Todd Vuglar
Nov 08, 2021

Im in Waco Kentucky on the Kentucky river where I believe the chestnut thrived. My neighbor still has a large dead tree I believe to be a chestnut. Its so large he dosent want to get close to it as limbs are falling off. I would be glad to have my 10 acres cleared and have chestnuts planted as I feel this tree is needed and desired. These giants are beautiful.

David Leo Rothan
Nov 17, 2021

Reading up on and researching the American Chestnut I simply fell in love with this God given majestic tree. I live on the Cumberland Plateau outside of Sparta TN close to Chestnut Mountain. Even though there's a real chance of the trees I've planted getting the blight, being an optimist, decided to plant American Chestnut Trees anyway. I'm now up to 48 planted Chestnuts on my 20 acres with 5 more coming from Chief River Nursery. Have several trees now producing chestnuts, the producing trees are about 15' to 20' tall. From experience, there are a few things you need to do when planting Chestnut saplings. The first couple years you must protect the trees from beetles and deer with tree tubes and a screen cover on the top of the tube. When the trees are about 2' tall, you can remove the tree tubes and use chicken wire to further protect the trees from deer, deer will eat the entire tree if not protected. Suppose nature misses the tree so much, insects and critters can't resist the nourishment produced by this fabulous tree. When planting, make sure you use plenty of mulch, not touching the trunk and water during the dry periods for the first year.
I'm very interested in getting as much information as possible on the American Chestnut, so any recommendations you can provide Ben W., I'd certainly appreciate it.

Ben Weaver
Nov 18, 2021

@David Leo Rothan - thank you for your comment. You can find additional information on The American Chestnut Foundation, Tennessee State Chapter at acf.org/tn. If your state is in the natural range of the American chestnut, you can reach out to your state chapter of The American Chestnut Foundation for additional information on the American Chestnut.

Paul Bulson
Nov 23, 2021

I would like to plant hybrid native chestnut trees on my property in Michigan. Where can I get starts?

Charlie Foxhill
Dec 15, 2021

I did not know there were few chestnut trees left we have a very old old one on main street in Monroe WA I collect the nuts every fall and plant nothing grows.

Eric B. Ritchie
Jan 22, 2022

My Mother owns a 2/3 share of 800 acres in Gilmer County West Virginia. If the trees could be sent, I will plant them all.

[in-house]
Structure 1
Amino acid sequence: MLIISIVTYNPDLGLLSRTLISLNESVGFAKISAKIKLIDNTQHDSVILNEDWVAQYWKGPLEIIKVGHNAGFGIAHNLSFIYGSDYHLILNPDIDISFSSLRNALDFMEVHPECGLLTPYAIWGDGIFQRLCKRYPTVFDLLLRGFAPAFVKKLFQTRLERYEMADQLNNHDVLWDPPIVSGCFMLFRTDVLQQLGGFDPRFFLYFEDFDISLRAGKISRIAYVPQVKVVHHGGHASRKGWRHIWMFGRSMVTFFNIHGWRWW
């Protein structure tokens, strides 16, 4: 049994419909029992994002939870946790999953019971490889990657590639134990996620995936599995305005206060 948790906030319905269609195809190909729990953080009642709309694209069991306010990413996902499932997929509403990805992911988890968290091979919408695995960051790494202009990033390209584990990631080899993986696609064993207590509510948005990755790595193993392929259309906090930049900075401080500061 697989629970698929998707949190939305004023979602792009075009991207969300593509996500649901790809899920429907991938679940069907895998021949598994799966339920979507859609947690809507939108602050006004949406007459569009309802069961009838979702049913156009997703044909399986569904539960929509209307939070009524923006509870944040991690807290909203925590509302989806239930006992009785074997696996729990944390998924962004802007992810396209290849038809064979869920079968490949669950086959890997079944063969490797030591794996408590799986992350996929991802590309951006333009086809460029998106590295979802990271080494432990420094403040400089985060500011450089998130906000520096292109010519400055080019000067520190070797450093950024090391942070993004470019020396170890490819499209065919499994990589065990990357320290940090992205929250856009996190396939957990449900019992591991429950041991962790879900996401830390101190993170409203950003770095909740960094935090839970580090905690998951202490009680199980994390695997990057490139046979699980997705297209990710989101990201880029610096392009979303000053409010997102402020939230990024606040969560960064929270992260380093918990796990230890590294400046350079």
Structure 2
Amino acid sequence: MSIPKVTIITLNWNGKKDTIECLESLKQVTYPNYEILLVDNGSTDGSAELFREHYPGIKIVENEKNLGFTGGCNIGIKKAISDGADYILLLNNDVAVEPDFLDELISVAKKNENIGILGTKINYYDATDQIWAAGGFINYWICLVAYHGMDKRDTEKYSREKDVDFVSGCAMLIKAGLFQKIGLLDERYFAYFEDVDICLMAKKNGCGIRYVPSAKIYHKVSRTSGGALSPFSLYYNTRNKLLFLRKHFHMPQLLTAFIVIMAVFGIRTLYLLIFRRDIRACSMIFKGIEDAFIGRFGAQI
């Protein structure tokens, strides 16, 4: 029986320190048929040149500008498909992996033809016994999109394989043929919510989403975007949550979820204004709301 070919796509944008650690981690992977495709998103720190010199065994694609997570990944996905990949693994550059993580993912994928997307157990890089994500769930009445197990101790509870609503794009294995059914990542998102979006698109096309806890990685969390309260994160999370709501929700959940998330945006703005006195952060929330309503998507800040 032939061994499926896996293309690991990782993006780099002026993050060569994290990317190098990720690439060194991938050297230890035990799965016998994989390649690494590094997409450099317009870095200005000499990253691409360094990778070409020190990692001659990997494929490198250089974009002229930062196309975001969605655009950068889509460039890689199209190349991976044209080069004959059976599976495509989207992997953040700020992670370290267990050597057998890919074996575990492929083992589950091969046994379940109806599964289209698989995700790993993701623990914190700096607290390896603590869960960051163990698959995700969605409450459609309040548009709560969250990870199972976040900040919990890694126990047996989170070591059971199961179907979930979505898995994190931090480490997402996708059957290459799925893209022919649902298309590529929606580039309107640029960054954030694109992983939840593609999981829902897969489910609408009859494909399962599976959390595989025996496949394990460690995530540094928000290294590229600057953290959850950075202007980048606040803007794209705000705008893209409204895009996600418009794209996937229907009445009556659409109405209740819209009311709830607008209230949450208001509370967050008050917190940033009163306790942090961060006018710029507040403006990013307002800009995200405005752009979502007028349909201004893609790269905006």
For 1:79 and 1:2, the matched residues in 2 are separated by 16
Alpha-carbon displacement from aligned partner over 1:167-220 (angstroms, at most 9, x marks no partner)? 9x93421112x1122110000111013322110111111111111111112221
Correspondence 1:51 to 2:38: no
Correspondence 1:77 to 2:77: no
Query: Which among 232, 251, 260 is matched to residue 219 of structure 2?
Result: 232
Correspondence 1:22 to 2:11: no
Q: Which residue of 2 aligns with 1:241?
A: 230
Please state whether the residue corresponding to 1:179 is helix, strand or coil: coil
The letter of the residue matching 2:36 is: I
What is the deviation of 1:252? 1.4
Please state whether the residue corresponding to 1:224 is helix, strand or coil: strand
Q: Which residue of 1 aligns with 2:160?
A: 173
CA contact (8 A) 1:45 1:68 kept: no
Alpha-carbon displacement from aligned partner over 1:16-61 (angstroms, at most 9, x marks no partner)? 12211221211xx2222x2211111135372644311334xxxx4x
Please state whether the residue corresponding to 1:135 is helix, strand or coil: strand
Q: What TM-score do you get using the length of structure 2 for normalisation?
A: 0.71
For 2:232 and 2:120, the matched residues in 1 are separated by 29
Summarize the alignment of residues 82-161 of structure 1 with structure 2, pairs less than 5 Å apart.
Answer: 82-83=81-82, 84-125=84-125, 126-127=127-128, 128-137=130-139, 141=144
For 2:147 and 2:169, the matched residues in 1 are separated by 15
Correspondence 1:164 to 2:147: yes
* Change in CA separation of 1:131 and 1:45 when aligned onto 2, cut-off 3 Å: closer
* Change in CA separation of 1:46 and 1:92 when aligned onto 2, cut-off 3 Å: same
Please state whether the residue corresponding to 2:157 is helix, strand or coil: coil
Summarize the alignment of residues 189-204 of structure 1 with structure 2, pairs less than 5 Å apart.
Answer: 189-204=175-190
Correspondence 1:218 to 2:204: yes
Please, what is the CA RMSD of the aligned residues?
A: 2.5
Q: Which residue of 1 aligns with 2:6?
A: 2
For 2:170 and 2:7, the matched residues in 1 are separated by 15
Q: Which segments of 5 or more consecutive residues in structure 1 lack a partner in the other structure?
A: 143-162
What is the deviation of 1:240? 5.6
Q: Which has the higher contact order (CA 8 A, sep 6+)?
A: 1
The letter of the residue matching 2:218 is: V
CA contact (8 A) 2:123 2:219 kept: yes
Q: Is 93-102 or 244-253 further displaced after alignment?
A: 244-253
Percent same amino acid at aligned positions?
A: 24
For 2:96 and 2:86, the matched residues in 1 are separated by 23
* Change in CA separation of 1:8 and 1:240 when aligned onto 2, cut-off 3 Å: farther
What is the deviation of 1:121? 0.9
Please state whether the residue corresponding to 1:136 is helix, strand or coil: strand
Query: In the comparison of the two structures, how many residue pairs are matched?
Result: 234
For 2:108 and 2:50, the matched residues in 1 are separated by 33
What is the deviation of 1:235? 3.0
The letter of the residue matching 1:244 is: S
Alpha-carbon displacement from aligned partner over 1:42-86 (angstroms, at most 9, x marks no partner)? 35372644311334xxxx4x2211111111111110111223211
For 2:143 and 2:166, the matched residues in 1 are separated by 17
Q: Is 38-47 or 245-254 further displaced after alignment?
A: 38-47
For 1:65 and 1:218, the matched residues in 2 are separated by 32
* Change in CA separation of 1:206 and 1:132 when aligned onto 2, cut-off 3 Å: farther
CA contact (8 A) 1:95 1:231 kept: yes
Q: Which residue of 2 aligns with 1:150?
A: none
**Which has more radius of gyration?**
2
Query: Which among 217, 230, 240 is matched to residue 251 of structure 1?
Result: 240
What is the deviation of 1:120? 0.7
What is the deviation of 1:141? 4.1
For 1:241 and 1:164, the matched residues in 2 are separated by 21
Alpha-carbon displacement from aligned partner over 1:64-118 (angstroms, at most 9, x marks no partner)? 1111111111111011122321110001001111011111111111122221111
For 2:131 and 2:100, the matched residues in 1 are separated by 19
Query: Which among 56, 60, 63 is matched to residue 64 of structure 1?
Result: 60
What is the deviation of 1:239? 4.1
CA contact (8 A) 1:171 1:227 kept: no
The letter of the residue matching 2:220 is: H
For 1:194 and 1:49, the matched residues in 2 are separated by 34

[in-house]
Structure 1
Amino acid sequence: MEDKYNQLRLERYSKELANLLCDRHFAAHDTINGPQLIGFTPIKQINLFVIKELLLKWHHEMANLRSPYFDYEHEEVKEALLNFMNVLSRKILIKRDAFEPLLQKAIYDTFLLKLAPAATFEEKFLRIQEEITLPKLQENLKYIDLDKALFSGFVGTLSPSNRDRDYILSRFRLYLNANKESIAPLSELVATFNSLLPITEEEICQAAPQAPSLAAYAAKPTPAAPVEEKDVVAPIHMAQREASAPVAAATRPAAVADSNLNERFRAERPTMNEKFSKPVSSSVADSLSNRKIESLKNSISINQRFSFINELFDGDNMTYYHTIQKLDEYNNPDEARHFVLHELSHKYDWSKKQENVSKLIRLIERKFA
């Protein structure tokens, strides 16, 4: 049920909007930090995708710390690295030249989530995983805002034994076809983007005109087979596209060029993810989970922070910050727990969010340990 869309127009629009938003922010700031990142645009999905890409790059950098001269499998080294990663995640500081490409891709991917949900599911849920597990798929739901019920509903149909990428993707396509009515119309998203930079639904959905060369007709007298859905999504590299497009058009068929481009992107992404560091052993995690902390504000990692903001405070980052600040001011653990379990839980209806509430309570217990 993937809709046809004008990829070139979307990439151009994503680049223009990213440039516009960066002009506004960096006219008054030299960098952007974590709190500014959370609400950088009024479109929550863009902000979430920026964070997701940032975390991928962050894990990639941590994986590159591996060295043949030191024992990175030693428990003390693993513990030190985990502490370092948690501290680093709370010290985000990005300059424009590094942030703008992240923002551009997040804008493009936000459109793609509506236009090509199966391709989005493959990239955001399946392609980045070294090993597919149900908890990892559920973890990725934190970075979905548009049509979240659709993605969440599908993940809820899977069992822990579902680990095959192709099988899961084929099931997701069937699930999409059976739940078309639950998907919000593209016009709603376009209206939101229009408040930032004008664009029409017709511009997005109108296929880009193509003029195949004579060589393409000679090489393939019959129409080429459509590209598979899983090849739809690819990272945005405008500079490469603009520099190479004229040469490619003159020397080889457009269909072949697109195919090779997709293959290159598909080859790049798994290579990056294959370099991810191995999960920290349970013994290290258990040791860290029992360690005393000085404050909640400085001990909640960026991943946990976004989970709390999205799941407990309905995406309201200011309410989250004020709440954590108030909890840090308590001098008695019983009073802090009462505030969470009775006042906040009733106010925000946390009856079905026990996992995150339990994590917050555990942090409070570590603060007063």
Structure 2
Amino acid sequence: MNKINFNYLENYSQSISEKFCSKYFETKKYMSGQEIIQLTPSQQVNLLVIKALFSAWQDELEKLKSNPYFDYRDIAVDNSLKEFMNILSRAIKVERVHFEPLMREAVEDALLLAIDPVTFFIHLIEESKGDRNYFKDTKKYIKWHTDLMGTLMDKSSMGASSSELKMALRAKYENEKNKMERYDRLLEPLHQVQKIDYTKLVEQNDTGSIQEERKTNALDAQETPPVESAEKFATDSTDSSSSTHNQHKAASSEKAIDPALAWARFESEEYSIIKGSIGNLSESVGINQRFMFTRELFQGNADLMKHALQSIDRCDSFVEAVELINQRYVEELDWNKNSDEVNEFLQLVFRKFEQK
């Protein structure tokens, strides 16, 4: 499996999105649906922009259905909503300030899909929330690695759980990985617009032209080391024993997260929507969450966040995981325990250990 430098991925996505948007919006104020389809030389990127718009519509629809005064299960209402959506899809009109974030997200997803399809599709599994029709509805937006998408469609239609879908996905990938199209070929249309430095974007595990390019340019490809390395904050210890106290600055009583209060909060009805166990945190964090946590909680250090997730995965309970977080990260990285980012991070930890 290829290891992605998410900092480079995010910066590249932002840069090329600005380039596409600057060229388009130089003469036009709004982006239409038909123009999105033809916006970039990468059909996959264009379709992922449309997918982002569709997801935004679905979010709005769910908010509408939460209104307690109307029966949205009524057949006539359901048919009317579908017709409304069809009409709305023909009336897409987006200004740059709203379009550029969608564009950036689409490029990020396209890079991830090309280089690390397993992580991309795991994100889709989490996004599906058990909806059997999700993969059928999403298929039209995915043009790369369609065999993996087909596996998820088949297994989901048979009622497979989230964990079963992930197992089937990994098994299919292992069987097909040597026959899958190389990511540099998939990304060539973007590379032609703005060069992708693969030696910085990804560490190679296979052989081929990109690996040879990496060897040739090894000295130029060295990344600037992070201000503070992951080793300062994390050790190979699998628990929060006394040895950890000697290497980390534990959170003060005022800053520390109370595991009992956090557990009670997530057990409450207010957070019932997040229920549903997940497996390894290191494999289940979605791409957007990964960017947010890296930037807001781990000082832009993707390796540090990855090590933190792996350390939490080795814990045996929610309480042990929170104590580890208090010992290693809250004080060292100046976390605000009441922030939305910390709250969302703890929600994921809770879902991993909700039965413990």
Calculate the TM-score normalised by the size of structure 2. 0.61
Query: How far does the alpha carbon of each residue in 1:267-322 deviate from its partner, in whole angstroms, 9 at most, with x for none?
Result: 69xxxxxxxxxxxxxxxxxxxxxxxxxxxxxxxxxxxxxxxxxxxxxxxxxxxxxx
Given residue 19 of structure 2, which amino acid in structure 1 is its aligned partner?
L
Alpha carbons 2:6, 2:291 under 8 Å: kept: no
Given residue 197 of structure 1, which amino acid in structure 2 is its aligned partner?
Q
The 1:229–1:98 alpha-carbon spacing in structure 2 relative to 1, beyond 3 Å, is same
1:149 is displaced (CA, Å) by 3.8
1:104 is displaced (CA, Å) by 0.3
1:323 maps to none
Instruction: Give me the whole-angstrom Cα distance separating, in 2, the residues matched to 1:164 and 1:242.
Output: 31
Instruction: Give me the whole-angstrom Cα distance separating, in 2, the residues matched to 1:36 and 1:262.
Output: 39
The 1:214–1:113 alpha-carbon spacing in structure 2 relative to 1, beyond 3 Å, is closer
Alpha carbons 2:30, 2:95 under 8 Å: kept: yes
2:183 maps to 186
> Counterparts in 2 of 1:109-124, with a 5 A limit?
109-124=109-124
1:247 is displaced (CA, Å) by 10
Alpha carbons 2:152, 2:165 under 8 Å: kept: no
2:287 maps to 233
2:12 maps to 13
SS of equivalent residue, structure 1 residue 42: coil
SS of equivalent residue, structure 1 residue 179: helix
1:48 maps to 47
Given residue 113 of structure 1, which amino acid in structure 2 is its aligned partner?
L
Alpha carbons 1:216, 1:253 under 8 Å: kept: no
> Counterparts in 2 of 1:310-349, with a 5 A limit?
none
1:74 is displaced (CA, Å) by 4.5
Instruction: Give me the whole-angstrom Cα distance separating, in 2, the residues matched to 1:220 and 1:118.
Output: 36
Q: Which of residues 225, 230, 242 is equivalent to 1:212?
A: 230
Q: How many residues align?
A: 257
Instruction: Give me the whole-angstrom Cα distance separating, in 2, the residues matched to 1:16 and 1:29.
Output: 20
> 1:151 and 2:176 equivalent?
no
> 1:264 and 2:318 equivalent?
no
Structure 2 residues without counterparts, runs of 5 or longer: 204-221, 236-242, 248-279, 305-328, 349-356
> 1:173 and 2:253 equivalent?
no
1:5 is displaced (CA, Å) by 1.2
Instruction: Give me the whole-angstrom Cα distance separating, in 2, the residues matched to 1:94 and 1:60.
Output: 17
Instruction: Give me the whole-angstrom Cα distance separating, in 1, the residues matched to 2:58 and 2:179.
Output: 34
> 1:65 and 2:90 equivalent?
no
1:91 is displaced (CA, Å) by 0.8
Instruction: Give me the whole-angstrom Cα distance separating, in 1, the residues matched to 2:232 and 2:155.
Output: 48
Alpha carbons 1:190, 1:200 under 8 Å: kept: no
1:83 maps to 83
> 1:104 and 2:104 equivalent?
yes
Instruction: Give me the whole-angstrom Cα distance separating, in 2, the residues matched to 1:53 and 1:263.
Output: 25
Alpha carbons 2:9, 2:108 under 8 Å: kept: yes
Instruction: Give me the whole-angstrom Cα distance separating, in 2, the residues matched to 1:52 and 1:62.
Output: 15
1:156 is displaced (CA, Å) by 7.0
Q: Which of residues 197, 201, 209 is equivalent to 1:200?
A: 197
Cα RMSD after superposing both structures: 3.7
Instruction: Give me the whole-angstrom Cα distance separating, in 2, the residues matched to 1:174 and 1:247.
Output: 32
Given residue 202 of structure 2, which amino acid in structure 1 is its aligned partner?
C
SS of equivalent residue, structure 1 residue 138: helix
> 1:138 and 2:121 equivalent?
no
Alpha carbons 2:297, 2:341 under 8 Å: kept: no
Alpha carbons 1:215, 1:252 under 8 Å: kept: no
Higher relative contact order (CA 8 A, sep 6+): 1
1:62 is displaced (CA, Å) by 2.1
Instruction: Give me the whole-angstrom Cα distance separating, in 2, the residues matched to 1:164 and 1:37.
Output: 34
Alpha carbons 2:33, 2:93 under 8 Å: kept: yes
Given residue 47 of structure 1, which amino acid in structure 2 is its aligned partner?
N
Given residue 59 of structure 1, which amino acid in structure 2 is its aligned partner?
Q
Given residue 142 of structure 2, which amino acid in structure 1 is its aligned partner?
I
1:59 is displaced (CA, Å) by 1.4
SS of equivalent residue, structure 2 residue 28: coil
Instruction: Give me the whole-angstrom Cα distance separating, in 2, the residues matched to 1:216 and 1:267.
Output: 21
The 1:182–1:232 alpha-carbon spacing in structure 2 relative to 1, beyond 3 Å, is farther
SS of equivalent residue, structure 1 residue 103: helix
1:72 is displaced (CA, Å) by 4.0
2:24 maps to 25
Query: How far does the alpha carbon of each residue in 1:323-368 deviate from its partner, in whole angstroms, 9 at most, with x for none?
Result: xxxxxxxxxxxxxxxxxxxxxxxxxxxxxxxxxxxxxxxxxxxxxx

Robyn Maghamez
Jan 28, 2022

This is so amazing. I live in Bradford county PA and am amazed at how forests and woodlands morph the landscape over the years. Thank you for your work.

Nolan Kennedy
Jan 31, 2022

Just found chestnuts from a mature tree in back our house. Did not know it was there. I’ll supply pictures if needed.

Erik
Feb 25, 2022

I remember the"skeletons" of big chestnut logs in the woods in the 1950's, they had been down for 50 years and people said the chestnuts would sprout from the roots but die before getting very big. Now even those skeletal logs are gone of course

Mike Harris
Apr 01, 2022

Hello I have been thinking about trying to raise American Chestnut trees. I have a small area in the back that gets sun from morning to around 3 to 5. I would appreciate any knowledge you have to point me to the right direction. Thanks happy trails Mike

Ben Weaver
Apr 04, 2022

@Mike Harris - thank you for your comment. You can find additional information on The American Chestnut Foundation at acf.org. If your state is in the natural range of the American chestnut, you can reach out to your state chapter of The American Chestnut Foundation for additional information on the American Chestnut.

Tom McQuaide
Apr 07, 2022

Great tragedy to lose such amazing, precious trees, whatever effort we put into restoring them is vital.

David Pugh
Apr 09, 2022

I am now transferring over 200 emerged American Chestnut seeds into small pots. I will monitor their progress and tI will plant on my 4 acres of woodland which was selective cut 8 years ago. This in southern Indiana, (Evansville)… I intend to plant a number on our Farm land near Shades State Park 3 hours North of here in Parke County. I’m not sure if The DNR at Lincoln State Park would want to introduce the Species to their badly infested pine and Emerald Ash riddled forest, but i will check with them in two weeks ! I would like to bring back this Tree to the US ! PS I have several Chinese trees that are now Producing ! Thanks for your work ! Mr. David Pugh